In an effort to refute a recently leaked document that allegedly details China’s massive detention system targeting the minority Uighurs, the Chinese state-owned outlet China Daily is airing two video clips that seemingly support information found in the document.
The videos show three Uighurs who were reportedly in the leaked documents but whose identities were never made available to the media.
The Karakax List contains a record of 311 Uighurs, from Karakax in southwest Xinjiang prefecture, who were allegedly sent to the so-called reeducation camps.
The document, first leaked to a group of China researchers by sources inside Xinjiang, showed that Chinese officials arrested people for acts such as growing a beard, wearing a face veil and getting married in a religious ceremony.
Chinese officials have called the leaked document a fabrication to distort the image of China.
China Daily videos
In one of the videos, published last Saturday by China Daily, three Uighurs, who were allegedly on the Karakax List, told their stories.
One of the people, a 46-year-old woman named Bulitiji Balati, is shown in the video thanking the Chinese Communist Party for securing her “a good life,” while at the same time calling details about her detention, as described on the Karakax List, “an insult to me.” She said in the video, “It is just a rumor and trouble made out of nothing.” The other two Uighurs, Abduaihaiti Yusupu and Abudusaimaiti Abudureheman, gave similar accounts in the video.
Adrian Zenz, a senior fellow in China studies at the Victims of Communism Memorial Foundation and one of the key researchers who obtained the document, told VOA that details of the three Uighurs shown in the video were never made public by the report by his team. That information raises questions about whether China Daily got access to the document known as the Karakax List from the Chinese government.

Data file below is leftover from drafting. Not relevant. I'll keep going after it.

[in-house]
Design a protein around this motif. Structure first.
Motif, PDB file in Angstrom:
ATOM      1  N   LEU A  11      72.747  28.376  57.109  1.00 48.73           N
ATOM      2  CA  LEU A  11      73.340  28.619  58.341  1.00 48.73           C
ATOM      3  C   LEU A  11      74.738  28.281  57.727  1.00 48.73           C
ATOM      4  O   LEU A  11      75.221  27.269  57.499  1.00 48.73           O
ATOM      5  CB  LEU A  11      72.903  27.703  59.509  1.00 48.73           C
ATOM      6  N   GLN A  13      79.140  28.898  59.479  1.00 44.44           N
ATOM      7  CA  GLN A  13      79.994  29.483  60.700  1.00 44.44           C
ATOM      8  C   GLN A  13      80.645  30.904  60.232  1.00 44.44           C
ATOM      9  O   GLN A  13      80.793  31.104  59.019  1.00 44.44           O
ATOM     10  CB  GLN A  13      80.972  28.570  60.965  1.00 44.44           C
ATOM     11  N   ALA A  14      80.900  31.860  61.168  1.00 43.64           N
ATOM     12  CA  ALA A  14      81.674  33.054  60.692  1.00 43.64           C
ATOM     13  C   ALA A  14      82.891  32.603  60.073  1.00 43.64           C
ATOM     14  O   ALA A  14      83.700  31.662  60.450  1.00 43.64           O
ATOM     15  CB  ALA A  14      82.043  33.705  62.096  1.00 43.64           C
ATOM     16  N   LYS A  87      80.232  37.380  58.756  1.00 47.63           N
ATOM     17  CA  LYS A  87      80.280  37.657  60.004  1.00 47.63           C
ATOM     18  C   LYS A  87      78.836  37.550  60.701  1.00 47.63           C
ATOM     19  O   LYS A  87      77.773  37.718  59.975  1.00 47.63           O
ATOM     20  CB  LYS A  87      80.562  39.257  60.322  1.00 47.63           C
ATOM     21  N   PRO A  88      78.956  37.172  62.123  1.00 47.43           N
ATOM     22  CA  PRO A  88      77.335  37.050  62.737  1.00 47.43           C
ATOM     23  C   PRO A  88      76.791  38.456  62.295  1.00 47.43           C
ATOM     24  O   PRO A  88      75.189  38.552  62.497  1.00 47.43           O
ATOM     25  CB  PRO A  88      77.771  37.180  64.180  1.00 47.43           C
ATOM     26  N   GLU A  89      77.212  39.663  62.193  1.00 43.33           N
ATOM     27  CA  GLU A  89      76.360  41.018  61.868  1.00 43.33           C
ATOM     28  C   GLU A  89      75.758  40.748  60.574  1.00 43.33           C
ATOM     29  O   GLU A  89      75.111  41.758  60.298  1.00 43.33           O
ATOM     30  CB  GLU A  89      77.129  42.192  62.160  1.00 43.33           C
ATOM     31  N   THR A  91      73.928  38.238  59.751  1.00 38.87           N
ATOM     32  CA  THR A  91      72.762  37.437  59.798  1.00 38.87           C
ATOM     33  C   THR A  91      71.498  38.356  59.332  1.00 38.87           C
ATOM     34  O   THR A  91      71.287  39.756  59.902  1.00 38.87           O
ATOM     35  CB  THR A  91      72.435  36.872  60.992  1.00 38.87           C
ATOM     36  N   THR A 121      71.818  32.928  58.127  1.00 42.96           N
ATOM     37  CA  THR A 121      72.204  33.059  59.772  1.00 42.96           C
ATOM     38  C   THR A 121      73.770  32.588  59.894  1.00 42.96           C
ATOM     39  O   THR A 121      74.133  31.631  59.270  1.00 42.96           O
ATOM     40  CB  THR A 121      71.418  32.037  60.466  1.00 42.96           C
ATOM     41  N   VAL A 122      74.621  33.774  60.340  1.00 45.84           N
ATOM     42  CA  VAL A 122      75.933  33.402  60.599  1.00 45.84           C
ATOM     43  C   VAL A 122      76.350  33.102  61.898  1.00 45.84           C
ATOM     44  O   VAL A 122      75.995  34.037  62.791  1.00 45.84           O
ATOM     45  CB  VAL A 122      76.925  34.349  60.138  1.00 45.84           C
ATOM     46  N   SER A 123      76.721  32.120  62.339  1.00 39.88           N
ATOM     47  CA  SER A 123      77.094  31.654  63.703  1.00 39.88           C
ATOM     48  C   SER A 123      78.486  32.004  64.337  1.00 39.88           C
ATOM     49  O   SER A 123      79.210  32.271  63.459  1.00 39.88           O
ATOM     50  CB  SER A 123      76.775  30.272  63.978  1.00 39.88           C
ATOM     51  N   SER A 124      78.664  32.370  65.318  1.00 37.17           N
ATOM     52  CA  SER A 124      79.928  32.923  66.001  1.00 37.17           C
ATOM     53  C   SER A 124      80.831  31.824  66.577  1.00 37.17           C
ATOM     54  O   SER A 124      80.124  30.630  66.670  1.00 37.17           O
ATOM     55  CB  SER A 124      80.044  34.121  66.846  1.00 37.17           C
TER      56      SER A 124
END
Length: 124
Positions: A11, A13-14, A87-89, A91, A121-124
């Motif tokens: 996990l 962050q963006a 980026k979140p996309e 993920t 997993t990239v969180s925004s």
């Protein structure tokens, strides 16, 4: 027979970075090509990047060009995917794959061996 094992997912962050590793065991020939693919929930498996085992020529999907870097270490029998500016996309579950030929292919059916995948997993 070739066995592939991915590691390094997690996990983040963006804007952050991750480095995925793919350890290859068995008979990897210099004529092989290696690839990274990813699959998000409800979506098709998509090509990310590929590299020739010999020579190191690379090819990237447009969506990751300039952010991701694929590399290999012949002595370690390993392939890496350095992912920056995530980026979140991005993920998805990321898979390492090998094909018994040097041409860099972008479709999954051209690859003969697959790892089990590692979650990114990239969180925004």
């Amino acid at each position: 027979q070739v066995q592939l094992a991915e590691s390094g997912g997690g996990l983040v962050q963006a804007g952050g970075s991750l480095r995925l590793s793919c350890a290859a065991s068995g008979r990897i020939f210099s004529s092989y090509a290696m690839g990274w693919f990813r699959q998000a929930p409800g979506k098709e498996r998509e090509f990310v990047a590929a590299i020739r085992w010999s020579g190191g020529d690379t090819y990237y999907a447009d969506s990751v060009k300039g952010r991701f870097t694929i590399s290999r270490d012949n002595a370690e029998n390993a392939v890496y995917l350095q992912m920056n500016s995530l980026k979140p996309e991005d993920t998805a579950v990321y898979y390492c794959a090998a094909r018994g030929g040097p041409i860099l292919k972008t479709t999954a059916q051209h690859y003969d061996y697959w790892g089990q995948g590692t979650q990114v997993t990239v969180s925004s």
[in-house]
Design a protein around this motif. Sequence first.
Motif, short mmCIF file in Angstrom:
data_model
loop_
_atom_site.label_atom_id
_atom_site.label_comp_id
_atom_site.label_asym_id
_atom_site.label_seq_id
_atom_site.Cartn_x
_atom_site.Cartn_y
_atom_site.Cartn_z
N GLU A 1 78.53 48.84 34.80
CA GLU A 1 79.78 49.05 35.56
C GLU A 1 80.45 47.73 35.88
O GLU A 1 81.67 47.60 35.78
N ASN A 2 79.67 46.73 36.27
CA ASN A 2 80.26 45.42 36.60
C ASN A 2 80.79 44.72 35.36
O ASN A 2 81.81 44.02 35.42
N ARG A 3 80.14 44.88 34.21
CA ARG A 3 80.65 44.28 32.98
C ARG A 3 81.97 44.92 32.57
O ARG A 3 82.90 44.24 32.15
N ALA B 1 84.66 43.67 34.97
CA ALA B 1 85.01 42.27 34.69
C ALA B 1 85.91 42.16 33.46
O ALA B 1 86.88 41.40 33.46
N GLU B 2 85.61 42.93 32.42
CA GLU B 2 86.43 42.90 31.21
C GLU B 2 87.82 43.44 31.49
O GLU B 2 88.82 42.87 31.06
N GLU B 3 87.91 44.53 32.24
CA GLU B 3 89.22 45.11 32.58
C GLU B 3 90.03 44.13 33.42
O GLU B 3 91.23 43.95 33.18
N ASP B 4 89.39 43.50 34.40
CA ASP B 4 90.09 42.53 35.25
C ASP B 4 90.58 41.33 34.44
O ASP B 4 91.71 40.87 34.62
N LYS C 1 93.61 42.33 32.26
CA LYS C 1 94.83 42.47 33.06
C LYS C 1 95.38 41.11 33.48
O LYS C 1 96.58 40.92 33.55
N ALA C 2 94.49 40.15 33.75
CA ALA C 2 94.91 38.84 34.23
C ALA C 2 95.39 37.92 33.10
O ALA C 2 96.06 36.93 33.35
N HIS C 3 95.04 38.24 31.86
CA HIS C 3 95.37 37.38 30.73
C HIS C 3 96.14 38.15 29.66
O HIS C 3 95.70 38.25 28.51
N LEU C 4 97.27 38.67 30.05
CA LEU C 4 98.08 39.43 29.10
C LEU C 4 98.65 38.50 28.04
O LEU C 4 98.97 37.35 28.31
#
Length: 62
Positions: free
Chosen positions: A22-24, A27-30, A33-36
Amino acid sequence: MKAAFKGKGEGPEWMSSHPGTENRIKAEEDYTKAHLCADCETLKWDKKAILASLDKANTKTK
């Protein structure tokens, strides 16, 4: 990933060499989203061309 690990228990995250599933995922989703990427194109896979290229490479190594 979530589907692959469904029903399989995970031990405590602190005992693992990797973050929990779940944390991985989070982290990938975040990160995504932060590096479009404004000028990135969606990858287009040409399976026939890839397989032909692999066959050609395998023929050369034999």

“We have not published the full leaked document. Also, Bulitiji Balati’s details were not in any Western media or my report, nor in a section of the document that we have made public. She is not mentioned in the leaked document until rows 298 and 590. This means that the Chinese state has the full document, which we have not yet made public,” Zenz told VOA.
Officials in Beijing have called the documents an attempt to “smear China’s counterterrorism and deradicalization measures.”
Karakax County Governor Mehmutjan Umarjan said during a press conference Saturday in Xinjiang’s capital, Urumqi, that many people mentioned in the document did not receive “vocational education and training,” except for a few “who were affected by religious extremism and committed minor offenses.”
A U.S. State Department official who did not wish to be named told VOA that the leaked Karakax List was consistent with “an overwhelming and growing body of evidence that exposes the Chinese Communist Party’s war on faith and campaign of repression targeting Uighurs, ethnic Kazakhs, Kyrgyz and other Muslims in Xinjiang.”
Contrary to Beijing’s claims that the detention centers were voluntary “vocational camps,” the U.S. official said detained Uighurs were being held against their will for acts such as praying or wearing religious attire.
Abduweli Ayup, a Norway-based Uighur linguist and researcher who obtained the document, said the multiple rebuff statements by the Chinese officials show the government is finding itself under increased pressure as the world continues to learn and seek more information about the Xinjiang crackdown.
“While trying to disprove the existence of the document, (the) Chinese government confirmed the authenticity of the Karakax List by giving press conferences on the full list, which was not made public and interviewing the victims whose identities were never made public in the media or our report,” Ayup told VOA in a phone interview.
Since 2017, China has been accused of detaining almost 1.8 million Uighurs and other minority Muslim groups in mass incarceration camps, where they are allegedly forced to abandon their religion. Those outside the camps are believed to be under strict government surveillance with no access to the outside world.